Krista Perry was at mile 18 of the Boston Marathon when she heard the murmurs that something was wrong. By mile 20, she and her fellow runners were corralled onto a side street in Newton and told that the remainder of the marathon route was closed.
In the days following the attacks, her shock turned to anger and devastation. And then the 25-year-old did what hundreds of other people did to work through their grief and remember that day: She got a tattoo.
In the wake of the April 15 tragedy, tattoo parlors in the Boston area were swamped with customers asking to get inked with blue and yellow ribbons, the words “Boston Strong,” and city landmarks. Lines snaked out of doors as parlors throughout the region offered these tattoos at discount prices with proceeds going to the One Fund.
“I talked to my artists, and we said we’d do a weekend event for Marathon-related tattoos,” said Mulysa Mayhem, owner of Good Mojo Tattoos in Beverly. Her shop raised $4,000 to help victims. “The response was phenomenal. A weekend turned into a week, which turned into two weeks.”
One of the people who crowded into Good Mojo was Chris Padgett, a former radio DJ who works in technology and teaches photography. He was getting a tattoo of the Boston skyline on his forearm when he was struck by the idea that he should document these tributes with photos.
The idea grew into a project called Bled for Boston , a photography show set for April 2014 featuring Marathon-related tattoos. The show, to be held at the Boston Center for Adult Education, will mark one year since the bombings.
Last weekend, Padgett was at the center on Arlington Street taking photos of more people and their tattoos for the project. The center is donating all materials for the exhibition, and proceeds will go to the Spaulding Rehabilitation Hospital. He is looking for more people who have been tattooed to be photographed for the project, and he can be contacted through his website (www.bledforboston.com).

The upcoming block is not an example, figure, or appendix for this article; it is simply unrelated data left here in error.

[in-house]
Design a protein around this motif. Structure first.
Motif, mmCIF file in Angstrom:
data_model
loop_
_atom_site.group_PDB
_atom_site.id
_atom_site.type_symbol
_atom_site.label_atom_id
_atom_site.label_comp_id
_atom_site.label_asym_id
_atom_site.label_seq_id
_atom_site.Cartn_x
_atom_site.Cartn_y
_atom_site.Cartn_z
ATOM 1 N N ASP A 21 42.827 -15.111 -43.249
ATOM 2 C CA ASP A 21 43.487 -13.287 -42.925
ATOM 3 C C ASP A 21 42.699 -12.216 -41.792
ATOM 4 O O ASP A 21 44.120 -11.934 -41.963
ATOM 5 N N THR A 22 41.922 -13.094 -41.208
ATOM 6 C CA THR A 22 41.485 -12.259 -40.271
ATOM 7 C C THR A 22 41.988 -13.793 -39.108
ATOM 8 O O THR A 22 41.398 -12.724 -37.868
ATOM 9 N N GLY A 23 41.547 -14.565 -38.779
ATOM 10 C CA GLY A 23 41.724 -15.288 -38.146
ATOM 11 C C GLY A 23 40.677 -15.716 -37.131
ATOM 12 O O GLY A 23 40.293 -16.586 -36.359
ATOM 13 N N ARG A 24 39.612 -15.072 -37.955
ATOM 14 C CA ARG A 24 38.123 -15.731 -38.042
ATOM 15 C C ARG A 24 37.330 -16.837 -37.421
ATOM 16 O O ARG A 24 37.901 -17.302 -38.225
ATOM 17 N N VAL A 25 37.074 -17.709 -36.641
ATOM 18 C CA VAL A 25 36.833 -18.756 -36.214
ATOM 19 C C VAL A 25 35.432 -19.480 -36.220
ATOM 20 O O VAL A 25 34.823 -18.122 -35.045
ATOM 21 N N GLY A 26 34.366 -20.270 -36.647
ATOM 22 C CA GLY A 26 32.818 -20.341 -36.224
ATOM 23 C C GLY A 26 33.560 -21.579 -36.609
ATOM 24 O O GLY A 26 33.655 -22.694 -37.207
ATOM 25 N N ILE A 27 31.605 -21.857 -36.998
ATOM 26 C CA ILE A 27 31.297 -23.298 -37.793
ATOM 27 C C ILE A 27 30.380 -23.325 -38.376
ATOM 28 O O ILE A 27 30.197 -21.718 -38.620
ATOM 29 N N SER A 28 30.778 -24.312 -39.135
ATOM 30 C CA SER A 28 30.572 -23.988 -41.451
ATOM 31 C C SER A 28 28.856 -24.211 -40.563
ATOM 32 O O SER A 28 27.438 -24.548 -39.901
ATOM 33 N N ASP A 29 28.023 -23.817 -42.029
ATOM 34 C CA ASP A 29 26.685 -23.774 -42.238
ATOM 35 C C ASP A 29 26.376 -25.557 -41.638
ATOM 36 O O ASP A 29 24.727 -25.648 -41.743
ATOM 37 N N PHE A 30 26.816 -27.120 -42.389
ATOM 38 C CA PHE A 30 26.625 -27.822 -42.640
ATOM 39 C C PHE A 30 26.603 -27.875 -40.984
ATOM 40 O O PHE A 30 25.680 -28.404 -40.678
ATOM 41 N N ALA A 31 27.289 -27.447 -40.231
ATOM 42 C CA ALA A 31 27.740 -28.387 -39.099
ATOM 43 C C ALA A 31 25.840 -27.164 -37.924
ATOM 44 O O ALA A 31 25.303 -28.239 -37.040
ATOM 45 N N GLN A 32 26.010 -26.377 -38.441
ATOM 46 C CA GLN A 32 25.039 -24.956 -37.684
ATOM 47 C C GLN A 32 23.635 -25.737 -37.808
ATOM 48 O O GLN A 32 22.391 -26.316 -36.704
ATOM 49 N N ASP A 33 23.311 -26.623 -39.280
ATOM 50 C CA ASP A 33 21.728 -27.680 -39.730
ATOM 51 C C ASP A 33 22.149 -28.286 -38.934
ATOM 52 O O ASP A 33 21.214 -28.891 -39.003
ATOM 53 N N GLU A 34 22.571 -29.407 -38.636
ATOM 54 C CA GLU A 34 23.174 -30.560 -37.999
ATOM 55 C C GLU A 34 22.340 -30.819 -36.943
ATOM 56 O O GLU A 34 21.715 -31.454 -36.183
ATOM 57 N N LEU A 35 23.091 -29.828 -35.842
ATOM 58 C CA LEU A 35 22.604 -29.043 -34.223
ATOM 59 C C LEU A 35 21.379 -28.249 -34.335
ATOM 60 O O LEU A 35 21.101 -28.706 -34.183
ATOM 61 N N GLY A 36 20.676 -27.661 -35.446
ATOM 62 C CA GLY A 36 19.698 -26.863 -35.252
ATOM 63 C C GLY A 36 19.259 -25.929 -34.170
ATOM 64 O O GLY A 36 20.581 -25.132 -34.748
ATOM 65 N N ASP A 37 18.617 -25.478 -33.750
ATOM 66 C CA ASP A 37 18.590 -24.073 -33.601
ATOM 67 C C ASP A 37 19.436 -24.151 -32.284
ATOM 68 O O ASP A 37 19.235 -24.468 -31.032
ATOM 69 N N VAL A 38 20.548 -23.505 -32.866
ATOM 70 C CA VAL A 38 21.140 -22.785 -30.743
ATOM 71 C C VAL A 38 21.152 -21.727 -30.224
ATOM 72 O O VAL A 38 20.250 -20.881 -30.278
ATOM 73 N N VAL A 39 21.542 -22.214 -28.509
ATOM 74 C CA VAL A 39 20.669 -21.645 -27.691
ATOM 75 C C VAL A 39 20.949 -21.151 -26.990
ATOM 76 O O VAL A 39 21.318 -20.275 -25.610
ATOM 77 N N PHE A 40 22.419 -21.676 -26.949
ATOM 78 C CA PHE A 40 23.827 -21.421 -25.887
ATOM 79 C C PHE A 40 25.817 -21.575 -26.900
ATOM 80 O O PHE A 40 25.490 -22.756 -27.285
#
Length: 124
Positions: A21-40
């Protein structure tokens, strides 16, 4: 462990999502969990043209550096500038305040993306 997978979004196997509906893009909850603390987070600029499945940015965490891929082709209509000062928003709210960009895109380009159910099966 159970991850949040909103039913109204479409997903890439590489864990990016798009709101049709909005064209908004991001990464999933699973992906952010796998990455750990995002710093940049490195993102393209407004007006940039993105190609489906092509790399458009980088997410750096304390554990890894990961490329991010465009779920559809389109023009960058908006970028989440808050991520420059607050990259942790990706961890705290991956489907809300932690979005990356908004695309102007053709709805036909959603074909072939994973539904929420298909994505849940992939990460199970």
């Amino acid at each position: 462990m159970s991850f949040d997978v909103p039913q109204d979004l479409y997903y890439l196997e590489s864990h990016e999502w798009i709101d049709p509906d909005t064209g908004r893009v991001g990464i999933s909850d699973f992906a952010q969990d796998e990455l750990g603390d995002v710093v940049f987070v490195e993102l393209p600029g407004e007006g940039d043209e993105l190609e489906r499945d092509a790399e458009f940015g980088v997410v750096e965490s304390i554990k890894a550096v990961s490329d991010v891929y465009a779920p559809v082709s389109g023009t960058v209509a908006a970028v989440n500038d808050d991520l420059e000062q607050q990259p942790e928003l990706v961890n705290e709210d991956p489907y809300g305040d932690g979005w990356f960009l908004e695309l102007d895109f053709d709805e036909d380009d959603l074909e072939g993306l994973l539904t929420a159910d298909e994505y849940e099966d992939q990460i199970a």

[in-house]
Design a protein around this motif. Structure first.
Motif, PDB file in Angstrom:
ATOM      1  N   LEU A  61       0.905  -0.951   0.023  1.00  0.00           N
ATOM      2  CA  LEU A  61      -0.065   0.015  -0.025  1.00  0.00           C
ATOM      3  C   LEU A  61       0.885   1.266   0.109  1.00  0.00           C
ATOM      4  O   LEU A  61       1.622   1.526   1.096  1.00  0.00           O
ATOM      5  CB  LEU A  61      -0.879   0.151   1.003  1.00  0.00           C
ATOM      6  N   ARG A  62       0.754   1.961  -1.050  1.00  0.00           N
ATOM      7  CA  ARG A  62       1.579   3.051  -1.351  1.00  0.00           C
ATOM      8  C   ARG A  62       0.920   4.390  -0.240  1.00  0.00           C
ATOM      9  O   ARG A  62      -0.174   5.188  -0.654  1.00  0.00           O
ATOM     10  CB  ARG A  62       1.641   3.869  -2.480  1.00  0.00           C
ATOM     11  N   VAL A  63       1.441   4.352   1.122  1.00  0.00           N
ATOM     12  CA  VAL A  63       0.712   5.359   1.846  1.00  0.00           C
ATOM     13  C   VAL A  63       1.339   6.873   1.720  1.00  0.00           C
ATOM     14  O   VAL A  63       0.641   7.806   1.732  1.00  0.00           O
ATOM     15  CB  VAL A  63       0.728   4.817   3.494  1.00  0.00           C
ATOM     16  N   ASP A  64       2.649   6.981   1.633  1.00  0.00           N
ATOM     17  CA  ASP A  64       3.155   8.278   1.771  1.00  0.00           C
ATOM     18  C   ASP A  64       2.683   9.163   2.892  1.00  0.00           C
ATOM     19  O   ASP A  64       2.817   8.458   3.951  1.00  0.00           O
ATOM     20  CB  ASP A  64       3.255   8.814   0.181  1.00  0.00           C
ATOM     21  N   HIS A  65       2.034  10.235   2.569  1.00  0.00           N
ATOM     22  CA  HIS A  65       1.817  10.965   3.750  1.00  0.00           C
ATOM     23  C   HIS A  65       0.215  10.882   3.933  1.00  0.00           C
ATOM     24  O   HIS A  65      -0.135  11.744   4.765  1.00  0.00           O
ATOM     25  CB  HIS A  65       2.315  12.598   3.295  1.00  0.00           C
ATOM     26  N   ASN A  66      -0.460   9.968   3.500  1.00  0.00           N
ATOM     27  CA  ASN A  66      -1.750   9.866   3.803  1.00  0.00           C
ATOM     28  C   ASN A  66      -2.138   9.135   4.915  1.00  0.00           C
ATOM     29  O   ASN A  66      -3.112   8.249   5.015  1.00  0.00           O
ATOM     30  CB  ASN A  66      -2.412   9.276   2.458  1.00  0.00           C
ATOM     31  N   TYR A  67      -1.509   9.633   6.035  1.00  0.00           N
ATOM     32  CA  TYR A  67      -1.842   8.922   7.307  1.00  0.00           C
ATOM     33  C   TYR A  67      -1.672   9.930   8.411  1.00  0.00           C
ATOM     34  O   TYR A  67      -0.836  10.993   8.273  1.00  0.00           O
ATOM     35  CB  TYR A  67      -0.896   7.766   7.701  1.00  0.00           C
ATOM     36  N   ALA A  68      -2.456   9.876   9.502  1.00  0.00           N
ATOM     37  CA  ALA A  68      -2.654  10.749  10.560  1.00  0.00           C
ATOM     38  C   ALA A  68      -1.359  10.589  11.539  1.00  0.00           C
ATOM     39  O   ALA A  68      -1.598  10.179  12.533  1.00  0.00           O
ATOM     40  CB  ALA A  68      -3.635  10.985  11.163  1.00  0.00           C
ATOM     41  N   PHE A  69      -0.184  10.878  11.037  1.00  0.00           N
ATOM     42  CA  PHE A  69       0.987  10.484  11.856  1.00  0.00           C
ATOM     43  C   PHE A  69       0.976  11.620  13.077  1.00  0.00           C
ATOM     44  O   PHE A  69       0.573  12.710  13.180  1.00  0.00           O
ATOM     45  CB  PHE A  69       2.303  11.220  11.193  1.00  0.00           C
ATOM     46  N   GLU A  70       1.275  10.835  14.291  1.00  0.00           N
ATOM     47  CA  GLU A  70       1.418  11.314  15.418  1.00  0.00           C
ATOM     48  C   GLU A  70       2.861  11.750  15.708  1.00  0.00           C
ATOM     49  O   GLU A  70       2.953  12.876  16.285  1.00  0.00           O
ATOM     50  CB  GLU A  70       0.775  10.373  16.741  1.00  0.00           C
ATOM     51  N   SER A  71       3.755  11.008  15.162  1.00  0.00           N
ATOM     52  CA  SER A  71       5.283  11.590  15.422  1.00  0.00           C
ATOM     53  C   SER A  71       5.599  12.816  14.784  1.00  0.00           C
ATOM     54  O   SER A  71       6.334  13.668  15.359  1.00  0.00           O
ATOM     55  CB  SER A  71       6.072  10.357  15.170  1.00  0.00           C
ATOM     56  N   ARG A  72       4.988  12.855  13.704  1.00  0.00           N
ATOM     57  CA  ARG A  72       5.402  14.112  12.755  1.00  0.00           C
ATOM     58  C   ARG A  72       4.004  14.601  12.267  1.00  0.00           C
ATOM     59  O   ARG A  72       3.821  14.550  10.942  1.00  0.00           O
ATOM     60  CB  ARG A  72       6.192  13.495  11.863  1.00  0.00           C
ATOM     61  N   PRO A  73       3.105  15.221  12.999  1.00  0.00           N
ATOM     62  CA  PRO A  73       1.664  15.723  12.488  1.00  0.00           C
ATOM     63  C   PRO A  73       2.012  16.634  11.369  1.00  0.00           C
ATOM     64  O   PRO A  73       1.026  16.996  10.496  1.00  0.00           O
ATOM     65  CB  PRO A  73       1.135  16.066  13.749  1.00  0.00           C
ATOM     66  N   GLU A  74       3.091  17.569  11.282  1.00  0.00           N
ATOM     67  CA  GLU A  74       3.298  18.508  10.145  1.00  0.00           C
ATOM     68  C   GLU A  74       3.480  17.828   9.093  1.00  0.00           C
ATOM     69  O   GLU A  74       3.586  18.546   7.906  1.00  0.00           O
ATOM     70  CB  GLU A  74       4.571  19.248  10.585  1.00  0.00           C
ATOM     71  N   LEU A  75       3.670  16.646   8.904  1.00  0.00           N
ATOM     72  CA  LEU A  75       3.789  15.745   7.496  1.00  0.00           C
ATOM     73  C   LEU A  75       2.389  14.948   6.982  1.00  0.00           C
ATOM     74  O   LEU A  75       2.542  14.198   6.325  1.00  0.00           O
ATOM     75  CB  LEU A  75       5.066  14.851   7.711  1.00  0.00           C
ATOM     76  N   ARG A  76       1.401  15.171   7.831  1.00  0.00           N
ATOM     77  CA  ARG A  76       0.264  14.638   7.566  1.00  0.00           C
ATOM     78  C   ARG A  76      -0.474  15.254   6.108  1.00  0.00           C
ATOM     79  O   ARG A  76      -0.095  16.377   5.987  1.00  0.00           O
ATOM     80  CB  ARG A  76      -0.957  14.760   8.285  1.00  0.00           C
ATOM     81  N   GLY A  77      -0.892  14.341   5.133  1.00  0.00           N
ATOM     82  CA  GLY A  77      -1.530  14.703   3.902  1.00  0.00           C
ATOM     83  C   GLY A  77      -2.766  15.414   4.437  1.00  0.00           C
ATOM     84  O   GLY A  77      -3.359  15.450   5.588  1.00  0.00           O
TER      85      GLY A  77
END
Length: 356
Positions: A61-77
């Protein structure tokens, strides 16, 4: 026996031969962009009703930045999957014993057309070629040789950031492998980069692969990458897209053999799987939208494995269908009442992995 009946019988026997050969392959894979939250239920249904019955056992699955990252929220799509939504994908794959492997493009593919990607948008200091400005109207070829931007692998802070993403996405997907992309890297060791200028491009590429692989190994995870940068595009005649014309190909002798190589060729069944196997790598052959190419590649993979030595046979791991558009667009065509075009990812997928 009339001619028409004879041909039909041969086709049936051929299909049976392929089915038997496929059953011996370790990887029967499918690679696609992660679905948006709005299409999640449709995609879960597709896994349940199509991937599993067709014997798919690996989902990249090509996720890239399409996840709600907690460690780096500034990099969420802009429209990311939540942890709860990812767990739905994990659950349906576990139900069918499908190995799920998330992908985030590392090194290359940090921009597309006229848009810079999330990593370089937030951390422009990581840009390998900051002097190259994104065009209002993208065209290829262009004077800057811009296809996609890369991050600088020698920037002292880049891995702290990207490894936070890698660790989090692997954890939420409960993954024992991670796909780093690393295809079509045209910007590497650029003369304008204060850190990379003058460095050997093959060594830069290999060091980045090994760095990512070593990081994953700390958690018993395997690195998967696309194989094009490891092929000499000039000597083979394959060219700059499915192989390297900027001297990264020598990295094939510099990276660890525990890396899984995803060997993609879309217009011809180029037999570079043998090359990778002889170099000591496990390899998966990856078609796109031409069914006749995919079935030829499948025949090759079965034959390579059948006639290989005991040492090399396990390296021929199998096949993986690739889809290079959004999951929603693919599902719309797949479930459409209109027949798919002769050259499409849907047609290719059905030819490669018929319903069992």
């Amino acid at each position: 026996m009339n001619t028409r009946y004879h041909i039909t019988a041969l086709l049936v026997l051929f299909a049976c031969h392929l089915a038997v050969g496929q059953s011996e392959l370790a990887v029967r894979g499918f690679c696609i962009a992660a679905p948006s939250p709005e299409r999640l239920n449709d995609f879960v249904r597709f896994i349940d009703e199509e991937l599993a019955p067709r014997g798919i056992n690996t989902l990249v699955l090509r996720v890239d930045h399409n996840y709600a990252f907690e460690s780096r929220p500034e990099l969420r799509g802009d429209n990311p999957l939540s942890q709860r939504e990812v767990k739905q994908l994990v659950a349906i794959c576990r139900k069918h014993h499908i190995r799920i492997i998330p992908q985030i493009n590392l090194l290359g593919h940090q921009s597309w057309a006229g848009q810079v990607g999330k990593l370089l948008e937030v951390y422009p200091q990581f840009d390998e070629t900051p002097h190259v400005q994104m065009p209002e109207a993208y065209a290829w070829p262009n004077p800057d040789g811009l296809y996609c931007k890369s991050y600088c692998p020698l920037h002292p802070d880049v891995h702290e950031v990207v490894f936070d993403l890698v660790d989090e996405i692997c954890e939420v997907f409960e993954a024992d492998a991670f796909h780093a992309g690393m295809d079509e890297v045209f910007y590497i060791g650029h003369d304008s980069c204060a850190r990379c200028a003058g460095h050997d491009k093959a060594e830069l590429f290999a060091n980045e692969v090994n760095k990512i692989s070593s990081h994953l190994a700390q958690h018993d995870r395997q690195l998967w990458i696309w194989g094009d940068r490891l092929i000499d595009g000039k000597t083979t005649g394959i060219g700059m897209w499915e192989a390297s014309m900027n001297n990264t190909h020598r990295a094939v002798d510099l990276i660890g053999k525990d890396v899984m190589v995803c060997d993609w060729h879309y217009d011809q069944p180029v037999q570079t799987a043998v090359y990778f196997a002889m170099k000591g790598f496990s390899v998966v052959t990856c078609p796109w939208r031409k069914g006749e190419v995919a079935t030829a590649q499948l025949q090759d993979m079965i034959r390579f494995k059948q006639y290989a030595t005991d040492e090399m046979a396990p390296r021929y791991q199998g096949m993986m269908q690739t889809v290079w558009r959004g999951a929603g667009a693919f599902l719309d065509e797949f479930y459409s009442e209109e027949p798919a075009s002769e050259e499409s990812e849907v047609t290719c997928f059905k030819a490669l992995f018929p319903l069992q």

In addition to photos, Padgett is also gathering the stories behind the ink. They are as varied as the designs themselves.
Perry, of Dracut, who was stopped at the 20-mile mark, now has a tattoo of the word “Strong” in cursive script on her wrist. The top of the “t” and the bottom of the “g” come together to form the shape of the state of Massachusetts.
“It brings it back every time I go for a run,” said Perry, who works in marketing. “I’m a sentimental person. It was only a matter of time before I did this.”
Christiana Gallagher, 24, and her mother, Jennifer, 50, had never thought about getting tattoos before the Marathon. But they were watching the race at Forum restaurant when the second bomb went off in front of them.
“Since then we both felt lost and confused on what we had been through,” the younger Gallagher said. “Our tattoos are an excerpt from Obama’s speech in reference to Boston — ‘This special place. This state of grace.’ I have mine written in script on my forearm and she has it on her ribs.”
Jon Saxton had the words “Boston Strong” tattooed on his bicep. It is not only a tribute to the city’s resiliency, but it’s also a way for the 30-year-old Charlestown resident to remember the events leading up to his April 20 wedding. The ceremony took place the day after residents were ordered to shelter in place while law enforcement combed the area for alleged bomber Dzhokhar Tsarnaev.
“We had no idea if we should cancel the wedding,” Saxton said. “Even the morning of the wedding we didn’t know if anything would be open.”
The wedding did take place and passersby applauded at the sight of life going on and starting slowly to return to normal.
Tattoos of city pride were plentiful at the Boston Tattoo Convention, which took place over Labor Day weekend. There was a contest for Marathon-related tattoos, and Boston artists at the convention said they experienced heavy demand immediately following the Marathon.
Many of those participating in Padgett’s photography project had no direct connection to the Marathon, but got tattooed in solidarity. Good Mojo’s Mayhem, who decided to get a Boston-related tattoo, said the response to the bombings was similar to the reaction after the 9/11 attacks in New York.
“I was working in New York City at the time,” she recalled. “It was almost immediate. We had people calling about tattoos. It was the same in Boston. There is so much hometown pride here, and people really wanted to show that.”Christopher Muther can be reached at firstname.lastname@example.org. Follow him on Twitter @Chris_Muther.